A variation of cat and mouse featuring Animal Crossing was the second game I delved into and it was just as fun as the previous one. The Animal Crossing game also featured five players and the two teams were divided exactly like the Luigi’s Mansion game. There would be numerous trees on the map with button panels. The four players on one team must hold down these panels for a certain amount of time to make candies drop, which they must collect to win the game. However, the trade-off is that the more candies you collect the slower you run. This is critical as the fifth player is hunting you down and the moment he/she catches you, your candy deposit is lost. Additionally you lose one of the three lives that your team has. Thankfully you have the option to drop candy as you run so you can run faster. This gives the player to think whether they should just abandon the candy and run or be greedy and hopefully roam in a way that won’t get him/her caught.
The controls were simple for the four players controlling the Wiimote but the fifth player using the Wii U GamePad doesn't have it as easy. Using the screen on the controller, the fifth player takes control of two hunters, one with each control stick on the controller. It’s a bit hard to manage both in this fashion so it gives leniency and somewhat balance to the game.
The final game was one of the more difficult games of the selection: Zelda. Three players would journey in an on-rails fashion as they make for one of the dungeons. While the premise is pretty boring, the gameplay is solid. Two players would use the Wii remote and control a sword to defeat enemies, very much like Skyward Sword, while the last player would use the Wii U GamePad to handle a bow. The Wii U GamePad’s gyroscope and motion capabilities allows the player to aim their bow by moving the controller. Unlike the other two games I played, this one focuses more on teamwork and co-operating together. The two swordsmen would be in the front protecting the archer with their sword and shield while the archer would give support from the back. This mini-game isn’t a pushover either as the enemies that block your way can definitely give you a bit of a challenge. Just like Skyward Sword, they will block certain areas of their body and mix it up quite often giving you a bit of trouble. It was definitely enjoyable to have something more difficult in Nintendo Land.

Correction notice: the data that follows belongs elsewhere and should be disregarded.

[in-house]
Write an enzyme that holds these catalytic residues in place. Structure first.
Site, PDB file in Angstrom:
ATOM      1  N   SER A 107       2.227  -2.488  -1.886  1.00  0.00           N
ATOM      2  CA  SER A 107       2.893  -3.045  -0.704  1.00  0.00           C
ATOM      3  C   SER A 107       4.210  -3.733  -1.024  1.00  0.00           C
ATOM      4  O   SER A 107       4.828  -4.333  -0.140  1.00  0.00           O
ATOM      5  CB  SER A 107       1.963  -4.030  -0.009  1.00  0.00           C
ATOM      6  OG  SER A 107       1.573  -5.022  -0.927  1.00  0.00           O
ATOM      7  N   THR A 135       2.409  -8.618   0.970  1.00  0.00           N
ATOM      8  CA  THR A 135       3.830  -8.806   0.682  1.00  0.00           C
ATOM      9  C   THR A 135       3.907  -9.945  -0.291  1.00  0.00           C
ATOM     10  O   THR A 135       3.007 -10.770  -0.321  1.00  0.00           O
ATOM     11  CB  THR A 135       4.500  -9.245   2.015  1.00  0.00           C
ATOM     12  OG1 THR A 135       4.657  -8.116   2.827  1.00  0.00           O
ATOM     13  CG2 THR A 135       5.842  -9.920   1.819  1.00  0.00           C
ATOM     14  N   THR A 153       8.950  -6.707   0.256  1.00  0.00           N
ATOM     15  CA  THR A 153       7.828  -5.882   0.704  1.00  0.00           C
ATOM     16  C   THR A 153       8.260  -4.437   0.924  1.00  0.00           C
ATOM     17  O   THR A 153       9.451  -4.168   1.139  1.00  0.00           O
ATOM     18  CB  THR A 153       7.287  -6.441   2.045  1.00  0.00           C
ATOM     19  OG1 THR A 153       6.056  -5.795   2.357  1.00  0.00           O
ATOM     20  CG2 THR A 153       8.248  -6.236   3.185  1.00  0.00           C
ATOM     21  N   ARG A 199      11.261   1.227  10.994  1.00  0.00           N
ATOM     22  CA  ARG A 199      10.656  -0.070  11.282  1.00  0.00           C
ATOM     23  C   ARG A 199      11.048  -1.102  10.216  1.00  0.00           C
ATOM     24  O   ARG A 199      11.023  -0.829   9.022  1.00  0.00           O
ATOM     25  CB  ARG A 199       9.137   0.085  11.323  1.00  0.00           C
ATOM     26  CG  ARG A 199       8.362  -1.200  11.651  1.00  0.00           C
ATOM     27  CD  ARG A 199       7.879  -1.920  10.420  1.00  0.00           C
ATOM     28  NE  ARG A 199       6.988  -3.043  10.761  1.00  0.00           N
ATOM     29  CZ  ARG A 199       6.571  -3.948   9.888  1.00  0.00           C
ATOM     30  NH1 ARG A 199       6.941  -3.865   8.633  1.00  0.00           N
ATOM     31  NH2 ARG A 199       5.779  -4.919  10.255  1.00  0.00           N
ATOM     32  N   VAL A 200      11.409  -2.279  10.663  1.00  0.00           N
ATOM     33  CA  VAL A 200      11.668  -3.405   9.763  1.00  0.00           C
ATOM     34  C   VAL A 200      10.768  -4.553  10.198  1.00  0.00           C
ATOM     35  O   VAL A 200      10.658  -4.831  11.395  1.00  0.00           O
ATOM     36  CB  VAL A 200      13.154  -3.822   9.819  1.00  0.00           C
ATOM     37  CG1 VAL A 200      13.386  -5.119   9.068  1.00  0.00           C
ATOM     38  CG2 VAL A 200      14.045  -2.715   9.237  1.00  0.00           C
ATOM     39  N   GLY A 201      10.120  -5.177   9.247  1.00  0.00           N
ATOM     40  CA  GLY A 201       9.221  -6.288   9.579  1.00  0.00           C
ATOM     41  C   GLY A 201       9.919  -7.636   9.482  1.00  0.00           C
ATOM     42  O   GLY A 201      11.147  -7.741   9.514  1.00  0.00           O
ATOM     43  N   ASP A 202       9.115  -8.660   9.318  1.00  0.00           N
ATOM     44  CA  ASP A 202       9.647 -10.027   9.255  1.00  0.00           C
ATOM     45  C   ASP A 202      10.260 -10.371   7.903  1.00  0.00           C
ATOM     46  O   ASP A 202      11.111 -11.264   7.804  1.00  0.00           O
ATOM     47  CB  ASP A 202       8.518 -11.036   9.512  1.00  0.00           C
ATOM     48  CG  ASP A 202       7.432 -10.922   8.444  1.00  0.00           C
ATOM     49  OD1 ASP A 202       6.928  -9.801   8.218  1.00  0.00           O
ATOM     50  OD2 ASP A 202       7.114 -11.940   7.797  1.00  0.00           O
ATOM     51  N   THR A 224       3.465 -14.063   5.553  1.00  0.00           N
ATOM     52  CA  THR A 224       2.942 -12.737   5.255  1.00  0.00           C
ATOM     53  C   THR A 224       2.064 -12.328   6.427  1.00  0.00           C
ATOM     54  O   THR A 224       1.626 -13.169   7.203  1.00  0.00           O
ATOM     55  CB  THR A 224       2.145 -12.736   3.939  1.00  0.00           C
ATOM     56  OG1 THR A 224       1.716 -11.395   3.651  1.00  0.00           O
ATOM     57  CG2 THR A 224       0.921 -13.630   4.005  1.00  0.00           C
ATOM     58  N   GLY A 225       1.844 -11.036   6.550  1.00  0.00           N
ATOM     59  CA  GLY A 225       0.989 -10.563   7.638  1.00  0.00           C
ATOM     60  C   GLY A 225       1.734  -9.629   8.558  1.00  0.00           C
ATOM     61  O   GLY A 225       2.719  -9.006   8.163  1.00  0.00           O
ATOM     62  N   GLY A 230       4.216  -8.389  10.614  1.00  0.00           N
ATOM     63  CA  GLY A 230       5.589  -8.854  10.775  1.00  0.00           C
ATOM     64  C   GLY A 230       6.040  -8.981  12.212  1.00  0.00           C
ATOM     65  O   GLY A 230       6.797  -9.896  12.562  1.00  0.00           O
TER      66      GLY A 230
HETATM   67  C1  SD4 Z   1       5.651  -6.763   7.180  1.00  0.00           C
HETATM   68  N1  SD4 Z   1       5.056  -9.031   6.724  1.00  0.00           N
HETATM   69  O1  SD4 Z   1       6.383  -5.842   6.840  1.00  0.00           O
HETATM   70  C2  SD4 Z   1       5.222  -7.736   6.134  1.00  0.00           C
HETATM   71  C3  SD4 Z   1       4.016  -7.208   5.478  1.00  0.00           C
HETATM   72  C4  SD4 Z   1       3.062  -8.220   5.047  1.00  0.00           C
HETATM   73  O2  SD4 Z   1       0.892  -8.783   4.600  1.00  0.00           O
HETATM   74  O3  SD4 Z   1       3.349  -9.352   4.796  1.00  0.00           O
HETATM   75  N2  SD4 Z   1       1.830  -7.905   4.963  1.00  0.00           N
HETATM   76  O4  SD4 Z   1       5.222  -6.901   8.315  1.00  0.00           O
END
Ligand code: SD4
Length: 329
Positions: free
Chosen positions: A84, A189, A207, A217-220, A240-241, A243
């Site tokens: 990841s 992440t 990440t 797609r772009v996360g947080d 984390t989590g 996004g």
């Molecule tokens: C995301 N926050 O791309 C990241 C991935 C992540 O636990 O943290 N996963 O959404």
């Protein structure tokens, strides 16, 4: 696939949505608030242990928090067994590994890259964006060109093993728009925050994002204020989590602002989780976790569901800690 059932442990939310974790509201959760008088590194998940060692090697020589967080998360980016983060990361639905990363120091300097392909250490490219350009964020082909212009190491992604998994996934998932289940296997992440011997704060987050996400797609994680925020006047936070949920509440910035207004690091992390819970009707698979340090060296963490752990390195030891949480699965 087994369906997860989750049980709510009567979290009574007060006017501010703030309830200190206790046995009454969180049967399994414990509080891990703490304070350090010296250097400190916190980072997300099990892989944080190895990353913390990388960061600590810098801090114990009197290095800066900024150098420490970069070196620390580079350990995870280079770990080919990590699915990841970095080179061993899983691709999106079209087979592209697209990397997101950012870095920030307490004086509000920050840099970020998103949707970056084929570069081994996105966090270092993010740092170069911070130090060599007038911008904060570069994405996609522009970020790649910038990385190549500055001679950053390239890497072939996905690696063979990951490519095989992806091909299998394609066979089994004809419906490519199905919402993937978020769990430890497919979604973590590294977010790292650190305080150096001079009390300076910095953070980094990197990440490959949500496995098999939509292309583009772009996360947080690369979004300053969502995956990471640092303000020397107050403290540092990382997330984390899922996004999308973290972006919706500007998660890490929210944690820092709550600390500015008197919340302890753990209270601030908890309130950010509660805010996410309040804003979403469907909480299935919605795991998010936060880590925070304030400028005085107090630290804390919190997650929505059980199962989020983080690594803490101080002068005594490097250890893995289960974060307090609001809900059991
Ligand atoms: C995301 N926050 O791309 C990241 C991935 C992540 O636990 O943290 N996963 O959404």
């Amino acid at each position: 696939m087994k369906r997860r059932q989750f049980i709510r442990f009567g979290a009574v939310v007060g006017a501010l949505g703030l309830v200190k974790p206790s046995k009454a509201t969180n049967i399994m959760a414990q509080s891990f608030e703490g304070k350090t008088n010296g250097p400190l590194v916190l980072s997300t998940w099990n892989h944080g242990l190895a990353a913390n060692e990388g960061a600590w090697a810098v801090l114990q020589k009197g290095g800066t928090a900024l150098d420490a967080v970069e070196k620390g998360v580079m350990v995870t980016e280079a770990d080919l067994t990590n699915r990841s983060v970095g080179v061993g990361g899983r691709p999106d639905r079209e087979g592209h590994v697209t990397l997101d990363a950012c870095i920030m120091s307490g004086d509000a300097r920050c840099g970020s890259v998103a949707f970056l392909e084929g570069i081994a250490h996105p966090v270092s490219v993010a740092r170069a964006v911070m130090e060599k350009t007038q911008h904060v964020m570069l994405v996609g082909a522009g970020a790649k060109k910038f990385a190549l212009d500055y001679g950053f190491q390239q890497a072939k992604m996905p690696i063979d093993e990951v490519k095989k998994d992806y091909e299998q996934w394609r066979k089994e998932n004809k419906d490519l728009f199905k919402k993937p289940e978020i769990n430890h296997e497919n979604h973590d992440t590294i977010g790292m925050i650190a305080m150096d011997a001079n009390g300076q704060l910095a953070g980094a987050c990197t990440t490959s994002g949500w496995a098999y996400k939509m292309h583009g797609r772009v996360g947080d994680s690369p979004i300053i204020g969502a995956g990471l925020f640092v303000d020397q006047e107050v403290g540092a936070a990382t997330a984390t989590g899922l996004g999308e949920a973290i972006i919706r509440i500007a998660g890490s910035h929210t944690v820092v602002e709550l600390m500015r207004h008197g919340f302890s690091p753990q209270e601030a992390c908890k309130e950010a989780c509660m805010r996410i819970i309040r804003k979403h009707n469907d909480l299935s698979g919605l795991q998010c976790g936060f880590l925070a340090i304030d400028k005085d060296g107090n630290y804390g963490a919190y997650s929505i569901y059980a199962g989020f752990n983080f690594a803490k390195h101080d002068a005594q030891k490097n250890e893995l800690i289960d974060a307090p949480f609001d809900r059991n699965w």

I had the opportunity to try out Nintendo's upcoming console at the local Wii U Experience event some time ago. There were many Wii U kiosks set up with various types of games – mostly the prominent ones. While I didn’t try every single game and I couldn’t take an hour with each one, I tried to get my hands on as many as I possibly could.
Possibly one of the most exciting games that will be available at launch, ZombiU immediately caught my attention on the floor. Luckily I was one of the first few people in line so my turn came around quite quickly. The game is atmospheric to say the least as darkness broods around every corner and light is scarce. It really sets that tone of being alone and possibly open to a zombie attack. The mission I had was to search for supplies in a nursery. The stark dichotomy between the unsafe feelings in this nursery versus a real one was exceptionally cool and each open door kept me on my toes as I was afraid of a zombie being on the other side of it.
The gameplay was surprising smooth. ZombiU plays like a survival horror, is one of the first console games in a while to truly capitalize on that idea. Sadly, the shooting doesn’t feel like it makes a difference as bullets fly everywhere. It’s very easy to miss if you make successive shots rather than stopping ever three seconds between each fire. The game discourages run and gun and promotes more of a slow and steady approach. This becomes especially important as zombies run up to you fairly fast and can take you down in mere moments. It’s extremely easy to die, but that's the idea. While it's entirely possible to melee zombies to death, once they’re up in your face, you're pretty much done for. ZombiU is extremely exhilarating and kept me on the edge of my seat.
Of course, the Wii U controller itself is the star in the demo and it was a bit awkward to use. The controller itself is unsurprisingly light as I never felt bogged down by its weight, however, it still is heavier than the 360 or PS3 controller. You can use the controller itself to look around using it as a night vision of sorts with the screen. At the same time the screen acts as a map and inventory. These are cool features although they do feel slightly gimmicky and sort of unneeded. I’m looking forward to ZombiU when it launches with the Wii U holiday season.
Ninja Gaiden 3: Razor’s Edge
Ninja Gaiden 3: Razor’s Edge had a playable segment of the game from the original version. The difference is that you had new weapons, Ninpo, and other features available to you. My brief time with the demo however was one of familiarity but at the same time disappointment.
The game itself played virtually the same as the original. The combat remained unchanged and there were tons of enemies thrown at you on the screen. The enemies weren’t rather smart so it was easy to hack and slash your way to victory. I had twin swords at my disposal as well as a Ninpo which was extremely awesome as I used the reticule to aim my fireballs.
The controller for the most part didn’t do anything special. The action was so focused on the television that I had no time to actually look down at the controller screen to see what it was actually doing. For the most part though, controlling Ninja Gaiden 3: Razor’s Edge on the Wii U controller was the same as using a 360 or PS3 controller, albeit a bit larger.